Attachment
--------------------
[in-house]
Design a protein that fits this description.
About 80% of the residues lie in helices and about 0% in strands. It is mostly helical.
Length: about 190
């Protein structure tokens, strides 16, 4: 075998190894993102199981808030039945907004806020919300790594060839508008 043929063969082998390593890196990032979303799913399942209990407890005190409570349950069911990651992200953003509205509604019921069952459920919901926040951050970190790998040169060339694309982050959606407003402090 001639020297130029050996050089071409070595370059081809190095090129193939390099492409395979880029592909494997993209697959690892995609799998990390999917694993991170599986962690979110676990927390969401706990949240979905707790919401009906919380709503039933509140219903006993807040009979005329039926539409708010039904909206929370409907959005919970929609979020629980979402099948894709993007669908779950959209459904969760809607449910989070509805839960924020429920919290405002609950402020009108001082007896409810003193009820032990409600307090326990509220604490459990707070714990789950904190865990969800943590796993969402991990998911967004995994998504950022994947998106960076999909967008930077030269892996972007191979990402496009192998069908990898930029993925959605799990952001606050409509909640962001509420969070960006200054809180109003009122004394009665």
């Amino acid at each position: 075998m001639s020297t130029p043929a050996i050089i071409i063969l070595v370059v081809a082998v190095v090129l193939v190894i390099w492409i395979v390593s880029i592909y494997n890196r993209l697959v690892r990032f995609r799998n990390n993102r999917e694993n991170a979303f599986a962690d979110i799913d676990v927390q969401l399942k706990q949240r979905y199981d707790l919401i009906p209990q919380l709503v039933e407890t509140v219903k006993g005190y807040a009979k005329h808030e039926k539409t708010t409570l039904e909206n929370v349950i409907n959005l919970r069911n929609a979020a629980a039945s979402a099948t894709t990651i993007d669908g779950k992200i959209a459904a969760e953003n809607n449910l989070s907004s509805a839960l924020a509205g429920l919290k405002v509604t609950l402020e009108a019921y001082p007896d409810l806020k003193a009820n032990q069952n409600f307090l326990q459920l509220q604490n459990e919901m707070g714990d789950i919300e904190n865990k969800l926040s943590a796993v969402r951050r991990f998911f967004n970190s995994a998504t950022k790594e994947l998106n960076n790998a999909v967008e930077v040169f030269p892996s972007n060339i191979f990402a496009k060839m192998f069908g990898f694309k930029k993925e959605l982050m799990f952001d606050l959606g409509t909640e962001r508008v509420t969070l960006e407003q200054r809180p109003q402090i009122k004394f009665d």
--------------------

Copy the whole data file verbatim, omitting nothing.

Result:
[in-house]
Design a protein that fits this description.
About 80% of the residues lie in helices and about 0% in strands. It is mostly helical.
Length: about 190
């Protein structure tokens, strides 16, 4: 075998190894993102199981808030039945907004806020919300790594060839508008 043929063969082998390593890196990032979303799913399942209990407890005190409570349950069911990651992200953003509205509604019921069952459920919901926040951050970190790998040169060339694309982050959606407003402090 001639020297130029050996050089071409070595370059081809190095090129193939390099492409395979880029592909494997993209697959690892995609799998990390999917694993991170599986962690979110676990927390969401706990949240979905707790919401009906919380709503039933509140219903006993807040009979005329039926539409708010039904909206929370409907959005919970929609979020629980979402099948894709993007669908779950959209459904969760809607449910989070509805839960924020429920919290405002609950402020009108001082007896409810003193009820032990409600307090326990509220604490459990707070714990789950904190865990969800943590796993969402991990998911967004995994998504950022994947998106960076999909967008930077030269892996972007191979990402496009192998069908990898930029993925959605799990952001606050409509909640962001509420969070960006200054809180109003009122004394009665």
């Amino acid at each position: 075998m001639s020297t130029p043929a050996i050089i071409i063969l070595v370059v081809a082998v190095v090129l193939v190894i390099w492409i395979v390593s880029i592909y494997n890196r993209l697959v690892r990032f995609r799998n990390n993102r999917e694993n991170a979303f599986a962690d979110i799913d676990v927390q969401l399942k706990q949240r979905y199981d707790l919401i009906p209990q919380l709503v039933e407890t509140v219903k006993g005190y807040a009979k005329h808030e039926k539409t708010t409570l039904e909206n929370v349950i409907n959005l919970r069911n929609a979020a629980a039945s979402a099948t894709t990651i993007d669908g779950k992200i959209a459904a969760e953003n809607n449910l989070s907004s509805a839960l924020a509205g429920l919290k405002v509604t609950l402020e009108a019921y001082p007896d409810l806020k003193a009820n032990q069952n409600f307090l326990q459920l509220q604490n459990e919901m707070g714990d789950i919300e904190n865990k969800l926040s943590a796993v969402r951050r991990f998911f967004n970190s995994a998504t950022k790594e994947l998106n960076n790998a999909v967008e930077v040169f030269p892996s972007n060339i191979f990402a496009k060839m192998f069908g990898f694309k930029k993925e959605l982050m799990f952001d606050l959606g409509t909640e962001r508008v509420t969070l960006e407003q200054r809180p109003q402090i009122k004394f009665d």